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Repair and Deduct Laws in Massachusetts

Tenants in Massachusetts can repair issues with their rental unit and then subtract the cost from their rent—as long as they gave their landlord two weeks to fix the issue first.

Most states have some version of “repair and deduct,” a process that tenants can use to deal with a landlord who won’t fix major problems with their rental unit. As the name suggests, tenants are allowed by law to make repairs on their own and then deduct the cost from their next rent payment.

Massachusetts law specifically allows tenants to repair and deduct, as long as the problem with the rental unit is serious.1 State law also requires tenants to follow a strict timeline and limits how much money they can spend on repairs.

Minor code violations don’t qualify for repair and deduct

Massachusetts law specifically allows tenants to repair and deduct, as long as the problem with the rental unit violates state sanitary codes or other state or local laws and endangers the health, safety, or well-being of the tenant. According to the courts, “minor” code violations don’t warrant repair and deduct, but “major” violations do.2 So how is a tenant to determine whether their condition is a “major” or “minor” one?

A breach of the implied warranty of habitability—a legal guarantee that a landlord will keep their rental units in livable condition—is always considered major.3 Although there’s no exact list of what’s considered a breach in Massachusetts, it’s safe to assume that lack of heat or electricity, plumbing problems, trash disposal issues, broken windows, and broken doors or locks all count. The consistent presence of mold is a breach, but a leaky air conditioning that could eventually cause mold is not.4

That said, if the tenant themselves—or one of their guests or pets—actually caused the problem, the landlord is not on the hook to repair it. A tenant cannot take a sledgehammer to their toilet, demand a repair, and then repair it themselves and deduct the cost.

Tenants should collect evidence of the problem before making a repair

Although there are some general guidelines (as mentioned above), whether or not a specific problem qualifies for repair and deduct always depends on the facts of the case. Courts in Massachusetts consider several factors to decide whether a tenant was entitled to deduct from their rent, including:5

  • The severity of any housing code violations
  • Whether the landlord had notice of the condition
  • Whether the tenant caused the condition in question
  • Whether evidence exists showing the condition complained of by the tenant

So, before a tenant makes a repair, they should take photos of the apartment’s original condition. If their landlord sues them for not paying rent, this evidence will be important to prove that they were justified in using repair and deduct.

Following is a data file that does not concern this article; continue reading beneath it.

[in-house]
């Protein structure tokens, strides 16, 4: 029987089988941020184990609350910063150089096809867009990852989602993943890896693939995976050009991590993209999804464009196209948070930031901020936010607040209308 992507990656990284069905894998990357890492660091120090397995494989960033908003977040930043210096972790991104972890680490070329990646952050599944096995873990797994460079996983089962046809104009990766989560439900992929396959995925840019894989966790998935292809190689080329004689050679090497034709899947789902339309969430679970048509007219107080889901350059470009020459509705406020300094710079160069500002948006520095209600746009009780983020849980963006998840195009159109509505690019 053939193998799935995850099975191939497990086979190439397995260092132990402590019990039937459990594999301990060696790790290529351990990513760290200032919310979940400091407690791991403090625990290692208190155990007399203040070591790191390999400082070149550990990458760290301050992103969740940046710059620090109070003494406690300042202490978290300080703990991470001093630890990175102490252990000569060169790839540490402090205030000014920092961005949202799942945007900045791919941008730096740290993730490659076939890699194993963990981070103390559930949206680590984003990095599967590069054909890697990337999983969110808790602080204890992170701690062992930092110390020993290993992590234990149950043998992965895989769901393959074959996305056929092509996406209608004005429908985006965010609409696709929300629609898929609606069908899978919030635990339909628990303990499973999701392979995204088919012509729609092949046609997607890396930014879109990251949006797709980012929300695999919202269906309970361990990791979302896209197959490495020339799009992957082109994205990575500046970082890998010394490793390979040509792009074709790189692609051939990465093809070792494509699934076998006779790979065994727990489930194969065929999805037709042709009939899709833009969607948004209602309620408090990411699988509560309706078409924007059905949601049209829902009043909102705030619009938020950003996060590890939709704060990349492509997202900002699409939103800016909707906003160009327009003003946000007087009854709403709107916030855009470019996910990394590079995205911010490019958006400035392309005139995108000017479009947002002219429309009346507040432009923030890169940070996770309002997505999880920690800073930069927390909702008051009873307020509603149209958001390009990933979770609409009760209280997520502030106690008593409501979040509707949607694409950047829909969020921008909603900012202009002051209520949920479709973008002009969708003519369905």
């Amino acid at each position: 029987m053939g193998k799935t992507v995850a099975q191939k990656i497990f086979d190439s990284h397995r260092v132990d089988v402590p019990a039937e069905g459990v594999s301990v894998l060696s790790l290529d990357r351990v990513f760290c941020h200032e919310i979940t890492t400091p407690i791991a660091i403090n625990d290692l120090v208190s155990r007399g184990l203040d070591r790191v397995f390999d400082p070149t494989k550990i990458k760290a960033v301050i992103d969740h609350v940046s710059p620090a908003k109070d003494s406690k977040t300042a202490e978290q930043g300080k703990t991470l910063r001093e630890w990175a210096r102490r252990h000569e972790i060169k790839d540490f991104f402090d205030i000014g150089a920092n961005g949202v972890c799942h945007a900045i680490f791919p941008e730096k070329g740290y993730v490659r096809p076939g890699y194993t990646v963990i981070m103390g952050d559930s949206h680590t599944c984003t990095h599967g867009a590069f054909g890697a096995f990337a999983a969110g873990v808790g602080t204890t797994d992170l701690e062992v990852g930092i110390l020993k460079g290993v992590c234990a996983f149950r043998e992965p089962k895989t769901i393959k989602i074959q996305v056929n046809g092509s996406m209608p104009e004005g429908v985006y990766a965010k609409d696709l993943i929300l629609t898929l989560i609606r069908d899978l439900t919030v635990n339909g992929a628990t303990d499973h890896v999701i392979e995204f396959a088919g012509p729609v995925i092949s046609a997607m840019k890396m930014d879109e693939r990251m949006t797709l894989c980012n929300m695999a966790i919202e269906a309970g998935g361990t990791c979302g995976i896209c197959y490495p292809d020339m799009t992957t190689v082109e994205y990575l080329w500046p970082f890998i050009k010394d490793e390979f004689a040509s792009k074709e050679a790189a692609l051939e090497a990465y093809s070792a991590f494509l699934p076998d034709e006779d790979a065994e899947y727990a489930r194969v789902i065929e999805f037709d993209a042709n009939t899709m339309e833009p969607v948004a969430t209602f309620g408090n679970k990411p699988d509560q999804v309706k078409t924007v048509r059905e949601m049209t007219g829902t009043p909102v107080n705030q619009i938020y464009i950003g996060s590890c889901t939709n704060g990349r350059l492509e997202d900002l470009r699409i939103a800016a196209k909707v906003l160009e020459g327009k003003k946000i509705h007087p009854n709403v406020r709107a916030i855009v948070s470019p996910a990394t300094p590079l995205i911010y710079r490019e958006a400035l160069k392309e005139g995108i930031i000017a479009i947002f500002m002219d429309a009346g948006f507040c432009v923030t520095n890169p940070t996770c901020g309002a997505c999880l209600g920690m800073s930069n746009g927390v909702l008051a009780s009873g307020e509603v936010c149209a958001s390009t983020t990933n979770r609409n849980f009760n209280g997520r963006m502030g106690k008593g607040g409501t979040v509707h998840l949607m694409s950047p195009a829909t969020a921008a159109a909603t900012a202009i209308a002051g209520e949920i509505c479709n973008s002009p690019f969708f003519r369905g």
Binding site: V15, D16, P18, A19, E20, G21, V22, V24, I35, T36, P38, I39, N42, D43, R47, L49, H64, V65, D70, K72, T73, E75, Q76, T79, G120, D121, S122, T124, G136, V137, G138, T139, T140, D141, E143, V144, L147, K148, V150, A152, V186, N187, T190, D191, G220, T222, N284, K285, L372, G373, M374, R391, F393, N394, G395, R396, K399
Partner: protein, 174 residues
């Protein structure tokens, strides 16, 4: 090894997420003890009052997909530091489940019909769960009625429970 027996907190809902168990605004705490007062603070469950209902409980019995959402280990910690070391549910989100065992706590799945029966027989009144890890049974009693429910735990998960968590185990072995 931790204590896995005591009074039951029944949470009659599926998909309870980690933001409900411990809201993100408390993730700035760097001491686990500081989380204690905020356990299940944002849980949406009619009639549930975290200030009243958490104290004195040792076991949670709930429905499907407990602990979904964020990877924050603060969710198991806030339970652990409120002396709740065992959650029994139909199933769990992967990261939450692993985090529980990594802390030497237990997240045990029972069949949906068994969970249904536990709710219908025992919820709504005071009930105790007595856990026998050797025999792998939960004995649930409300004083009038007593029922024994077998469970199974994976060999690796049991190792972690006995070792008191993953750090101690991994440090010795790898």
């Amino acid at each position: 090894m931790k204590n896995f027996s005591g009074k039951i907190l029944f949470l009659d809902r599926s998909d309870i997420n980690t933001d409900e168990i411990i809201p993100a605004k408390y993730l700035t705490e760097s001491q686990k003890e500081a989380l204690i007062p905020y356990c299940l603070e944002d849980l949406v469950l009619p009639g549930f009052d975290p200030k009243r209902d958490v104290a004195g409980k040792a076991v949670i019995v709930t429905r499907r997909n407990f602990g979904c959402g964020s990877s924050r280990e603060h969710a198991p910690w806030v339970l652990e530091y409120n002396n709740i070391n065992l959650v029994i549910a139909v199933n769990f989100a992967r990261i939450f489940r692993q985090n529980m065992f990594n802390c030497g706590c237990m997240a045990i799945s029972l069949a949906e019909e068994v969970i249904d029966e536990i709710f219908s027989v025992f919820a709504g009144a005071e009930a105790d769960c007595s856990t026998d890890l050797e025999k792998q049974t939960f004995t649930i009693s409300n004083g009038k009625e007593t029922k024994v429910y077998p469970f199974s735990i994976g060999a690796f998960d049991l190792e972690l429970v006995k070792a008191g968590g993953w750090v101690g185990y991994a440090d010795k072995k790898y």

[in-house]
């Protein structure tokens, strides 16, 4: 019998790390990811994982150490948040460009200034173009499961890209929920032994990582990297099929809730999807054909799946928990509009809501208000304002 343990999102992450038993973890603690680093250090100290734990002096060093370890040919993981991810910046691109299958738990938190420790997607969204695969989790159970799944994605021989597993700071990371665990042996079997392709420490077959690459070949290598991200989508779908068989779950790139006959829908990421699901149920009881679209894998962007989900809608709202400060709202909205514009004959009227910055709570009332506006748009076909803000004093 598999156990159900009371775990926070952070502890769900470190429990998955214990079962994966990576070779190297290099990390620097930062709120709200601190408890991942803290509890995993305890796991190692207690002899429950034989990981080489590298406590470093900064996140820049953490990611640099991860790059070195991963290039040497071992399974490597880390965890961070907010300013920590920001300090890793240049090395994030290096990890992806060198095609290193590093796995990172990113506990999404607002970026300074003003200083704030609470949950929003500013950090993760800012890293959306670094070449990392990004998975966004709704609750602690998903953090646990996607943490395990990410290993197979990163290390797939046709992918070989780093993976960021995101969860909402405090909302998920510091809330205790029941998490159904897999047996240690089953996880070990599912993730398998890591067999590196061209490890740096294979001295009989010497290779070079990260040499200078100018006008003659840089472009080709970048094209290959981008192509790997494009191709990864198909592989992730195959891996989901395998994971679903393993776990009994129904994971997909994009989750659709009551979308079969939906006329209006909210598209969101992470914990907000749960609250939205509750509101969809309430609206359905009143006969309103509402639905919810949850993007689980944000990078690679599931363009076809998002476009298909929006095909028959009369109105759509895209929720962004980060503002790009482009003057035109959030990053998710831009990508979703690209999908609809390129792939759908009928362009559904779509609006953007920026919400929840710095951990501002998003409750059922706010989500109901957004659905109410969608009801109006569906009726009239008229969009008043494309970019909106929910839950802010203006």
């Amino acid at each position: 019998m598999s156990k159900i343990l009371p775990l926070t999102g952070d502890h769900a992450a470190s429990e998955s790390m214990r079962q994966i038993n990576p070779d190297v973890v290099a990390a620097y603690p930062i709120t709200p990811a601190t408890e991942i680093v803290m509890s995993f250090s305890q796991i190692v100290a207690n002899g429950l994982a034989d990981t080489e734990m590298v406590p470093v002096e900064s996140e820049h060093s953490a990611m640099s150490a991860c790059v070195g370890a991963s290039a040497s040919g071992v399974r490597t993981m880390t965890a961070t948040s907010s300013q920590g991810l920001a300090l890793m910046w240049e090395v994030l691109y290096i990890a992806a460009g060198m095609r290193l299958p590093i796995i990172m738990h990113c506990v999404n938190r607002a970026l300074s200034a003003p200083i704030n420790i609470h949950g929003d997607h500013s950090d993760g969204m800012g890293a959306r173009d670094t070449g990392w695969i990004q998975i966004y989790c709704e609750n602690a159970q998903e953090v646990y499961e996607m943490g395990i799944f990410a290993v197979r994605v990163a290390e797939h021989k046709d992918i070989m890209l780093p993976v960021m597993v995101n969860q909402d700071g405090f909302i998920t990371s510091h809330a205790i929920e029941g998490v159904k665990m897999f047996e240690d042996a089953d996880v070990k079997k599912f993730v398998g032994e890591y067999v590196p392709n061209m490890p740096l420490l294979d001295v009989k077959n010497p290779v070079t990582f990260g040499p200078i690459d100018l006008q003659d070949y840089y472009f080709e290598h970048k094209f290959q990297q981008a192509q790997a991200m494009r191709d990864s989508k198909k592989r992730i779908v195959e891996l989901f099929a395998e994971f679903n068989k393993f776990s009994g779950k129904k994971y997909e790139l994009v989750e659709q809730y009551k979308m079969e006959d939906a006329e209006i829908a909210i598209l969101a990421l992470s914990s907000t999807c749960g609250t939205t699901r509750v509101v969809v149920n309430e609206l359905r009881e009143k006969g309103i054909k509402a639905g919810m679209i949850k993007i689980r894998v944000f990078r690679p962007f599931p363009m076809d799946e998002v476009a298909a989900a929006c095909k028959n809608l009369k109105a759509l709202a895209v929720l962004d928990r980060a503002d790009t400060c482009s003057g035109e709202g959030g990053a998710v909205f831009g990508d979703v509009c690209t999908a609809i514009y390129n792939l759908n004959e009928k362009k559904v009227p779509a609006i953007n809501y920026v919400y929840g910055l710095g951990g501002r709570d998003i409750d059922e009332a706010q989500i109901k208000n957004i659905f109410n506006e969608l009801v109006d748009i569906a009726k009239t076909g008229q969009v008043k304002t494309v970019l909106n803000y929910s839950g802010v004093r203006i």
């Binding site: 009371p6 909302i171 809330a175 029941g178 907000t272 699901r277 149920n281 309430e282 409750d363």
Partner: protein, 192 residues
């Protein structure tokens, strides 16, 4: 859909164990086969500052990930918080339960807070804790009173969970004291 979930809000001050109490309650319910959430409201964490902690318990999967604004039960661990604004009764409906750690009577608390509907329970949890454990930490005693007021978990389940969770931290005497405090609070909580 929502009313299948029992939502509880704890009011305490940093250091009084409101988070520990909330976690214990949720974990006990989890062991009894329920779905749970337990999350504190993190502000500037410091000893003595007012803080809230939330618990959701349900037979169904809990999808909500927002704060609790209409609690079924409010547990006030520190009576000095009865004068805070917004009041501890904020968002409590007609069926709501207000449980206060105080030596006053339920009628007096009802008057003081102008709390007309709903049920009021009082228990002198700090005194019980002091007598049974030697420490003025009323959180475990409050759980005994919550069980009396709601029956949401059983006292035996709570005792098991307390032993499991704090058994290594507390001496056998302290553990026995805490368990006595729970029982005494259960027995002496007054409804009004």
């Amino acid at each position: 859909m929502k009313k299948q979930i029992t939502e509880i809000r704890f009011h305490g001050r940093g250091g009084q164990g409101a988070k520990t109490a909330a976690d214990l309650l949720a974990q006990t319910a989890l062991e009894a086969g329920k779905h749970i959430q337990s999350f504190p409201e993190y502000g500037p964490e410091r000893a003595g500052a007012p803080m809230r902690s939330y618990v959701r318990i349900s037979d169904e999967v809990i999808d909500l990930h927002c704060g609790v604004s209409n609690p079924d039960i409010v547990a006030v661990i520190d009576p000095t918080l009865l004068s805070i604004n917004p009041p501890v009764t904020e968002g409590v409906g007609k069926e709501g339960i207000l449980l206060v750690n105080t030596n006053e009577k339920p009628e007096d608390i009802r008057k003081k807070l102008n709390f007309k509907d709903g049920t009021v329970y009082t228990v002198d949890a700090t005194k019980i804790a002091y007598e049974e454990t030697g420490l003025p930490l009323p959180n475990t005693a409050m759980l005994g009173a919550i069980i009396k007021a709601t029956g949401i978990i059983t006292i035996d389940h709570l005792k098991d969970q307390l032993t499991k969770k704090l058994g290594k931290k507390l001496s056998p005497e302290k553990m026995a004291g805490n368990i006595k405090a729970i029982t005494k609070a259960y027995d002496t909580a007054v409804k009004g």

Landlords have five days to start making repairs—and 14 to finish them

Before a tenant makes any repairs themselves, they are required to inform their landlord of the problem in writing.1 At that point, the landlord has five days to begin fixing the issue—and 14 days in total to complete the repairs. So, if a tenant gives notice on the first of the month, the landlord must start the repairs by the sixth, and must finish the repairs by the 15th. If the landlord fails to do this, the tenant can repair and deduct.

The amount deducted can’t be more than four months’ rent

In Massachusetts, a tenant isn’t allowed to deduct more than four months’ rent over any 12-month rental period.1 So if a tenant pays $1,000 per month in rent, it’s illegal for them to deduct more than $4,000 for the cost of repairs over the course of a year-long lease.

Although it’s not a legal requirement, it’s also a good idea for the tenant to save the receipts for any repair work performed and send them to the landlord along with the reduced rent payment.

A tenant can show repair costs as a defense against eviction

There’s a chance a landlord may try to evict a tenant for nonpayment of rent if they use repair and deduct. However, a tenant is specifically allowed to defend themselves in court by citing repair costs (another good reason for a tenant to save their receipts).6 In other words, if a landlord tries to evict the tenant for not paying full October rent, if the tenant can prove they deducted a repair cost from October rent, they cannot be evicted.

Next steps

If the necessary repair is prohibitively expensive, there's another tactic tenants can use: withholding rent until the landlord finally makes repairs. Learn more about the options available to tenants in Massachusetts.

[1] M.G.L.A. 111 § 127L

[2] McKenna v. Begin, 5 Mass. App. Ct. 304 (1977)

[3] Boston Housing Authority v. Hemingway, 363 Mass. 184 (1973)

[4] Avalonbay Comm. v. Hamilton, Commonwealth of Massachusetts Superior Court. Middlesex, SS Feb 5, 2010

[5] Davis v. Comerford, Appeals Court of Massachusetts, Bristol. 2-19

[6] M.G.L.A. 239 § 8A

The information provided on this website does not, and is not intended to, constitute legal advice.